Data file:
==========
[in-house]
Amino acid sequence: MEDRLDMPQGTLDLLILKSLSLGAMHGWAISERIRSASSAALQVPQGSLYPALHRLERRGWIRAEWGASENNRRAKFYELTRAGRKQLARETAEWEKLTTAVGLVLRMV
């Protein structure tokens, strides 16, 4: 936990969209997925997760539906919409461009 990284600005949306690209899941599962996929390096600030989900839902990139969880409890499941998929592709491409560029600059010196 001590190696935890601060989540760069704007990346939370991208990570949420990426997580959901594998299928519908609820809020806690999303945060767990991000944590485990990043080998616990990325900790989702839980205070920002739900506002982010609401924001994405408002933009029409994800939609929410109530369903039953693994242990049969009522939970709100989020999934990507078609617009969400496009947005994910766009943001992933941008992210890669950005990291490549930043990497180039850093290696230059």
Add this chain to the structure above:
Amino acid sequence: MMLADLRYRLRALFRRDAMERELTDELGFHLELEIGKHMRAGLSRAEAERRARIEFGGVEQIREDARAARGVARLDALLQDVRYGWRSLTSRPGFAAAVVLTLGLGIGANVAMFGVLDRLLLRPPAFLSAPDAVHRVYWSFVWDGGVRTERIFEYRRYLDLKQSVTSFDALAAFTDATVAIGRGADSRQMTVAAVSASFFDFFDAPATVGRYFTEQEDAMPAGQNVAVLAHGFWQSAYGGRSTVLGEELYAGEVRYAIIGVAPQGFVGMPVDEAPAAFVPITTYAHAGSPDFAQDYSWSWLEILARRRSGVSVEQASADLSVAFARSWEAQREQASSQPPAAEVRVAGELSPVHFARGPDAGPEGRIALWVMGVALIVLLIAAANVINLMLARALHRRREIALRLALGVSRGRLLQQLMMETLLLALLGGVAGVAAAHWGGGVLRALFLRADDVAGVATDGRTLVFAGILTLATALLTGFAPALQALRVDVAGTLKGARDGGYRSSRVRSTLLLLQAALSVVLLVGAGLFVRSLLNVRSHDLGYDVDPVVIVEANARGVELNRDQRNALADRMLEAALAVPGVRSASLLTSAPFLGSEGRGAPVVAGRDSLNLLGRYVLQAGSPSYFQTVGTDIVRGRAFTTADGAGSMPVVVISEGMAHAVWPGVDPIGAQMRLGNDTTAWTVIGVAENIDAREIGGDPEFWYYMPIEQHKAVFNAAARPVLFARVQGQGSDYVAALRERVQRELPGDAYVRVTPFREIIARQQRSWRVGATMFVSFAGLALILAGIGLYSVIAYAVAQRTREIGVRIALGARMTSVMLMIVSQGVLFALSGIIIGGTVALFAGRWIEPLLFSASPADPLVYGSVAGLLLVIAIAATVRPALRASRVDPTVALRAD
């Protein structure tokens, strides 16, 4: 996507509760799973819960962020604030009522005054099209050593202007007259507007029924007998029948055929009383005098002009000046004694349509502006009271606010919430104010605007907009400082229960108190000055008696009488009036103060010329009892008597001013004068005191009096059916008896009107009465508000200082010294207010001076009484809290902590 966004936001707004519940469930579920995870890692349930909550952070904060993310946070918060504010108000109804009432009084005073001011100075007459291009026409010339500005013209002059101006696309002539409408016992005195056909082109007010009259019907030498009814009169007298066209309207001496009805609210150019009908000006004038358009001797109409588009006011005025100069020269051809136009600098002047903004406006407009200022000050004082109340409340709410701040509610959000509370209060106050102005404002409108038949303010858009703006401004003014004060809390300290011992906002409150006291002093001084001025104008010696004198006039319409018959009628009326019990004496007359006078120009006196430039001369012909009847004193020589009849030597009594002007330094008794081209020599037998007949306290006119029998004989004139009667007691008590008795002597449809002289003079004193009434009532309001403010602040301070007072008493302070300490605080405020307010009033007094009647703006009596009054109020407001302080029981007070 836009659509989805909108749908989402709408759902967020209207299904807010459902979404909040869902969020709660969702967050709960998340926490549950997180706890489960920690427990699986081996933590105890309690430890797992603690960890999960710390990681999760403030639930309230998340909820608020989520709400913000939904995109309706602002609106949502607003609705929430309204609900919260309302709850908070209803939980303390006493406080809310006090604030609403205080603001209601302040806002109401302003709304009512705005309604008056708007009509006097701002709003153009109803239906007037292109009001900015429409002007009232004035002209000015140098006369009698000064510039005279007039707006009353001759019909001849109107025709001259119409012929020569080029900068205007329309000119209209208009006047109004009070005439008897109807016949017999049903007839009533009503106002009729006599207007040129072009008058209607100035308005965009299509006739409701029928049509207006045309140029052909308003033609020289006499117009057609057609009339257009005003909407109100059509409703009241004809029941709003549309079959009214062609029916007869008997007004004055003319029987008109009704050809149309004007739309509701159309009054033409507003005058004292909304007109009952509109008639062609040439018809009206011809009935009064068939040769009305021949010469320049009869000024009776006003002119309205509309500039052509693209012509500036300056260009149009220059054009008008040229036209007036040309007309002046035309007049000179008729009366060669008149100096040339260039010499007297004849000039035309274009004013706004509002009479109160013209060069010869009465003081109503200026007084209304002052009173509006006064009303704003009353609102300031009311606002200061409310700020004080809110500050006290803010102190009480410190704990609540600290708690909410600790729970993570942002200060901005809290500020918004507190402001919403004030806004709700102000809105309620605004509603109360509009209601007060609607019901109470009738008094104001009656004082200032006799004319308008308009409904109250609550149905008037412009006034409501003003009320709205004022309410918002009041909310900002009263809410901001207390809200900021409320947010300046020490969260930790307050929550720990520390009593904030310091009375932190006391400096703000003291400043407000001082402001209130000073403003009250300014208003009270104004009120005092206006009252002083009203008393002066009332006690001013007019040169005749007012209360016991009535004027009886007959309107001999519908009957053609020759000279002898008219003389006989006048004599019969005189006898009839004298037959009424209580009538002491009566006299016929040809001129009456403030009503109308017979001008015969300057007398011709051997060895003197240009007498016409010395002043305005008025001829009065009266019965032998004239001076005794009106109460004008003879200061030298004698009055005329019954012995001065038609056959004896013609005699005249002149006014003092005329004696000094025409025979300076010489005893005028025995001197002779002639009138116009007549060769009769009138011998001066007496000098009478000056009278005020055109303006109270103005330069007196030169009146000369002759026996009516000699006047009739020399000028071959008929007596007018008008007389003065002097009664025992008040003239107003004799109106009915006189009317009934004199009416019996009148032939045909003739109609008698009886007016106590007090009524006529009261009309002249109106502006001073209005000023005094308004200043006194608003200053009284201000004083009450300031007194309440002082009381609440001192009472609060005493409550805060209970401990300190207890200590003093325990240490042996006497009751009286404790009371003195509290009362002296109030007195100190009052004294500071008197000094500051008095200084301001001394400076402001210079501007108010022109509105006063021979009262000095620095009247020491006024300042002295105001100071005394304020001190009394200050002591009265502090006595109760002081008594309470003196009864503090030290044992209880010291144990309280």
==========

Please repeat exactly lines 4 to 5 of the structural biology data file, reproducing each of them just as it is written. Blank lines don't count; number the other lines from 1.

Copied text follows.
Add this chain to the structure above:
Amino acid sequence: MMLADLRYRLRALFRRDAMERELTDELGFHLELEIGKHMRAGLSRAEAERRARIEFGGVEQIREDARAARGVARLDALLQDVRYGWRSLTSRPGFAAAVVLTLGLGIGANVAMFGVLDRLLLRPPAFLSAPDAVHRVYWSFVWDGGVRTERIFEYRRYLDLKQSVTSFDALAAFTDATVAIGRGADSRQMTVAAVSASFFDFFDAPATVGRYFTEQEDAMPAGQNVAVLAHGFWQSAYGGRSTVLGEELYAGEVRYAIIGVAPQGFVGMPVDEAPAAFVPITTYAHAGSPDFAQDYSWSWLEILARRRSGVSVEQASADLSVAFARSWEAQREQASSQPPAAEVRVAGELSPVHFARGPDAGPEGRIALWVMGVALIVLLIAAANVINLMLARALHRRREIALRLALGVSRGRLLQQLMMETLLLALLGGVAGVAAAHWGGGVLRALFLRADDVAGVATDGRTLVFAGILTLATALLTGFAPALQALRVDVAGTLKGARDGGYRSSRVRSTLLLLQAALSVVLLVGAGLFVRSLLNVRSHDLGYDVDPVVIVEANARGVELNRDQRNALADRMLEAALAVPGVRSASLLTSAPFLGSEGRGAPVVAGRDSLNLLGRYVLQAGSPSYFQTVGTDIVRGRAFTTADGAGSMPVVVISEGMAHAVWPGVDPIGAQMRLGNDTTAWTVIGVAENIDAREIGGDPEFWYYMPIEQHKAVFNAAARPVLFARVQGQGSDYVAALRERVQRELPGDAYVRVTPFREIIARQQRSWRVGATMFVSFAGLALILAGIGLYSVIAYAVAQRTREIGVRIALGARMTSVMLMIVSQGVLFALSGIIIGGTVALFAGRWIEPLLFSASPADPLVYGSVAGLLLVIAIAATVRPALRASRVDPTVALRAD